Standard Article

Consumer Expertise

Part 3. Consumer Behavior

  1. Eric M. Eisenstein

Published Online: 15 DEC 2010

DOI: 10.1002/9781444316568.wiem03044

Wiley International Encyclopedia of Marketing

Wiley International Encyclopedia of Marketing

How to Cite

Eisenstein, E. M. 2010. Consumer Expertise. Wiley International Encyclopedia of Marketing. 3.

Author Information

  1. Temple University, Philadelphia, PA, USA

Publication History

  1. Published Online: 15 DEC 2010

Abstract

Consumer expertise has been an inconsistent topic of research in marketing, with a small set of papers that have explored the effects of expertise on various phenomena that are integral to consumer decision making. Studies both within marketing and in cognate fields have challenged the very notion of expertise, claiming that experts are no better than novices in making accurate decisions. Other studies conclude that there are bona fide experts, and attempt to characterize the conditions under which expertise will develop. Within marketing, research suggests that there are both benefits and costs associated with acquiring expertise within a product domain. The major benefits of expertise include superior memory for product-related facts and attributes, faster ability to assimilate schema-consistent knowledge, and faster, more accurate, decision making. Costs of expertise include the possibility of increased overconfidence and a reduction in ability to spontaneously recognize a change in the underlying schema governing the category, as well as reduced ability to integrate schema-inconsistent facts. Taken as a whole, the evidence indicates that genuine expertise does exist, and that on balance, it is beneficial.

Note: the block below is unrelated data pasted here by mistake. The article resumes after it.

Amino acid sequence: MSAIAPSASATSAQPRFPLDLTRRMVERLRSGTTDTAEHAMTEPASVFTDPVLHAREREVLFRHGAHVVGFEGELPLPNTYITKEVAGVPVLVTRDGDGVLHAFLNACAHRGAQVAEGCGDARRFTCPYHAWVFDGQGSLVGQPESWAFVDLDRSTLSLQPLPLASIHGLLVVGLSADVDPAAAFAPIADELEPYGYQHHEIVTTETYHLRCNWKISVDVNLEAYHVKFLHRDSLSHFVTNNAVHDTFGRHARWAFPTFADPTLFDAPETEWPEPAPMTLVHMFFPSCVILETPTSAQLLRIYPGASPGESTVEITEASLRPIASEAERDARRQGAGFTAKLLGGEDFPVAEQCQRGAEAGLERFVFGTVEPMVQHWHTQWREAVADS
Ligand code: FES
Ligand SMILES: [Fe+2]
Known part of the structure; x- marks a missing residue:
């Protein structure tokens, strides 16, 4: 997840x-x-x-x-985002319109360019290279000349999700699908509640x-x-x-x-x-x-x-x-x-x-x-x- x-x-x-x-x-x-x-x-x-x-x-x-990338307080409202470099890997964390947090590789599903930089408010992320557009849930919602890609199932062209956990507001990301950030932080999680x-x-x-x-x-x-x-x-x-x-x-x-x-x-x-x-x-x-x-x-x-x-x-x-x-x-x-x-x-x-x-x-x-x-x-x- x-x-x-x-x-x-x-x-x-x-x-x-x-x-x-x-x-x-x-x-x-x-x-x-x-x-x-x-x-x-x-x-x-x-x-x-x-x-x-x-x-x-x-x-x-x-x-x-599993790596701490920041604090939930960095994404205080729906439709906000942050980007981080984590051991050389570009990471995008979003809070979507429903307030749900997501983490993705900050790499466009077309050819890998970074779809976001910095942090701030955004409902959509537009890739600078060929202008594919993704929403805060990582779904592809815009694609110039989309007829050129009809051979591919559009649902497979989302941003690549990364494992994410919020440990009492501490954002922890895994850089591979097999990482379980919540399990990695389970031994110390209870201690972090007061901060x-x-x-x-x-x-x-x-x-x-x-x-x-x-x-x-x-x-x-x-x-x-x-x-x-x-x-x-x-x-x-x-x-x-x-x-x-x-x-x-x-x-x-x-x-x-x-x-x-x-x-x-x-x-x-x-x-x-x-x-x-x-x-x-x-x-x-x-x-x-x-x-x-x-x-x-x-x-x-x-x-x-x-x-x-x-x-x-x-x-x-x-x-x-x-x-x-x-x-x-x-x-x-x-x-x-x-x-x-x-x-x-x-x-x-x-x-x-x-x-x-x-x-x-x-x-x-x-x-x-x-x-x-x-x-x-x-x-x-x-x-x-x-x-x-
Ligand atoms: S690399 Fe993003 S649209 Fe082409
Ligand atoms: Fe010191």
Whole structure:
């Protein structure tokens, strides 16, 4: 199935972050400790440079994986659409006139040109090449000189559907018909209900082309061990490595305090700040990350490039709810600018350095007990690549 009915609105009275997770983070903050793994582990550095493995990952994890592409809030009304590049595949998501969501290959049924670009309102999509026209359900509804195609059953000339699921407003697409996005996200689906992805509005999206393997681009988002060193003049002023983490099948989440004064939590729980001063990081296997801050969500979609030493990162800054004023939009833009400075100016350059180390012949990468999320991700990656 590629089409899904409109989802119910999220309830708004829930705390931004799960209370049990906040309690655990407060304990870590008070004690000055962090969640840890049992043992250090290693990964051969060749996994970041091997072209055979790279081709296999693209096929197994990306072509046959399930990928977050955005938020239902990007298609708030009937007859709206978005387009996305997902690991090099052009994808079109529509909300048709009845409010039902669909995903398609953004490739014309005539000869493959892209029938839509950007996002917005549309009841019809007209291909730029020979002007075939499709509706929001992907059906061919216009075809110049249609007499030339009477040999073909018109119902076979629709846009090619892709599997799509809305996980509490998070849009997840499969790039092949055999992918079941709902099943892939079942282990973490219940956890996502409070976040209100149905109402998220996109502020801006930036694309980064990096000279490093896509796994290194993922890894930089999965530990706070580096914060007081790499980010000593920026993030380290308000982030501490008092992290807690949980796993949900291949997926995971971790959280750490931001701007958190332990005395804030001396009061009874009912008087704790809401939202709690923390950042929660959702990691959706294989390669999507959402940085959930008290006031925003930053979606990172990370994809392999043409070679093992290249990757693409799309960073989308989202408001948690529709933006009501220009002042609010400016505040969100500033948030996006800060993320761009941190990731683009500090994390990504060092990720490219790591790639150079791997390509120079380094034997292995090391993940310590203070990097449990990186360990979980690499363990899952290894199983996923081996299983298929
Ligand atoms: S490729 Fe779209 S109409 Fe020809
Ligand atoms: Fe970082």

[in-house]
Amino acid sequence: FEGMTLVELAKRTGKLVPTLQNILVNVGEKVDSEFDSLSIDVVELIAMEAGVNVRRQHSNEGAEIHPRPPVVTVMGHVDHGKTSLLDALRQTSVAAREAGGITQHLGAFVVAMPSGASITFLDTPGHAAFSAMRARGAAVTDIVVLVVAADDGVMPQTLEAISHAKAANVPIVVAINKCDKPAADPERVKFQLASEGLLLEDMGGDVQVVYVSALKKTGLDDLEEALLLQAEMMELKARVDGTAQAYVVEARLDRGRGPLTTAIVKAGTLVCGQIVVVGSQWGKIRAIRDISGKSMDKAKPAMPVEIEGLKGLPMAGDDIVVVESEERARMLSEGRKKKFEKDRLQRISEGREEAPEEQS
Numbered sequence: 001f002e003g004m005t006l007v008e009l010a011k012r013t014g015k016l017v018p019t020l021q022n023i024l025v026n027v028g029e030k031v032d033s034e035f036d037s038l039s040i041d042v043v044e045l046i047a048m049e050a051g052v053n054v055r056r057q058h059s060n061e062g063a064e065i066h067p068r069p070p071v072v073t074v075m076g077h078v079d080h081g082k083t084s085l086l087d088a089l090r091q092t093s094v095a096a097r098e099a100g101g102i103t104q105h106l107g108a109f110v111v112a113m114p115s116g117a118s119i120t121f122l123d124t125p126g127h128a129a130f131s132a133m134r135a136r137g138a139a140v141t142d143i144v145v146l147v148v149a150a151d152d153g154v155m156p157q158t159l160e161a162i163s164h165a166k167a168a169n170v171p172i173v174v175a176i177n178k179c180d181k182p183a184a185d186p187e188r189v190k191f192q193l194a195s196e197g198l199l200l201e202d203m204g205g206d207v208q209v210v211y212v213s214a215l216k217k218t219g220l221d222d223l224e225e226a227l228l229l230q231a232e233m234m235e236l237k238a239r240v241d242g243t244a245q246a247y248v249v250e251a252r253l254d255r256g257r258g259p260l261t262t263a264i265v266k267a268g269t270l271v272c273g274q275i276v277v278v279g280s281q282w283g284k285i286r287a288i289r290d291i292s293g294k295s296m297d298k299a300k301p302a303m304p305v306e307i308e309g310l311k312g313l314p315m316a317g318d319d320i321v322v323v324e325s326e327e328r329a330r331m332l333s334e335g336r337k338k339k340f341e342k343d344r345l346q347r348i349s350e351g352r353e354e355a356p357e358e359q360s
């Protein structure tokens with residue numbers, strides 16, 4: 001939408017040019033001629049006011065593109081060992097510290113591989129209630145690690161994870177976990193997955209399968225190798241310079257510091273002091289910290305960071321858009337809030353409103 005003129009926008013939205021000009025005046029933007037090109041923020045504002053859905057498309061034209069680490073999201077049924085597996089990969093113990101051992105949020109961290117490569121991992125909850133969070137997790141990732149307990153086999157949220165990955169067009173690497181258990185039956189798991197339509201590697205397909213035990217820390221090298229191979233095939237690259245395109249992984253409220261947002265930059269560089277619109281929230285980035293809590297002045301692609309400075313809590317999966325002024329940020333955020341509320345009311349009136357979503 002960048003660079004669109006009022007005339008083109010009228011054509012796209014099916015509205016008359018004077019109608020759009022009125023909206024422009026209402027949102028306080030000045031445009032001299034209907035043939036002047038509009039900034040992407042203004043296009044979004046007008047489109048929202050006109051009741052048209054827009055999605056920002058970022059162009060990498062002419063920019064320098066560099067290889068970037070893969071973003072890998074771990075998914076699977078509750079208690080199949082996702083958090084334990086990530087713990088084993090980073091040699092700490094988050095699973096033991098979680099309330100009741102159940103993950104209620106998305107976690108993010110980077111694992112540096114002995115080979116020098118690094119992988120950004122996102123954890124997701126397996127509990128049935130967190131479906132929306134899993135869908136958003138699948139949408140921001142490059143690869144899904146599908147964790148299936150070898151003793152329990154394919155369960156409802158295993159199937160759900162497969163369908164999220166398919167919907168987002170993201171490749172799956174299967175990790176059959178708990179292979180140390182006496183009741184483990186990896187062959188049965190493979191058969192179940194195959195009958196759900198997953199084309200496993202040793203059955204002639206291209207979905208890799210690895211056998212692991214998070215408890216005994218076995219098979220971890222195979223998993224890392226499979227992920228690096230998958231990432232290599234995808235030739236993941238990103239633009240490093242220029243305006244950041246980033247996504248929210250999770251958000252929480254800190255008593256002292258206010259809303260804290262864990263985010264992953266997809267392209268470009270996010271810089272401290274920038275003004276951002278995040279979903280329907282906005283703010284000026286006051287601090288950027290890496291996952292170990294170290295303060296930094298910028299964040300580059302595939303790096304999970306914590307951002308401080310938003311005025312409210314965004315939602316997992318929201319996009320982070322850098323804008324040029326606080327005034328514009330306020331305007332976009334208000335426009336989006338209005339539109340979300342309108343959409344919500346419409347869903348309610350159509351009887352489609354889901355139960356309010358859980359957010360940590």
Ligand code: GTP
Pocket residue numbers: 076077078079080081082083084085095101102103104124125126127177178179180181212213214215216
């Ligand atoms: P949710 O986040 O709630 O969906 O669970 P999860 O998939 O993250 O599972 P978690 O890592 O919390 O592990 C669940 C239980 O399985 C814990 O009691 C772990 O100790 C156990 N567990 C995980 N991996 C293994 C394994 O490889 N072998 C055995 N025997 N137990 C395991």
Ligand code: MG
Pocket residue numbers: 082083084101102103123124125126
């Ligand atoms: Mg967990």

Keywords:

  • expertise;
  • decision making;
  • learning;
  • cognitive structure;
  • consumer psychology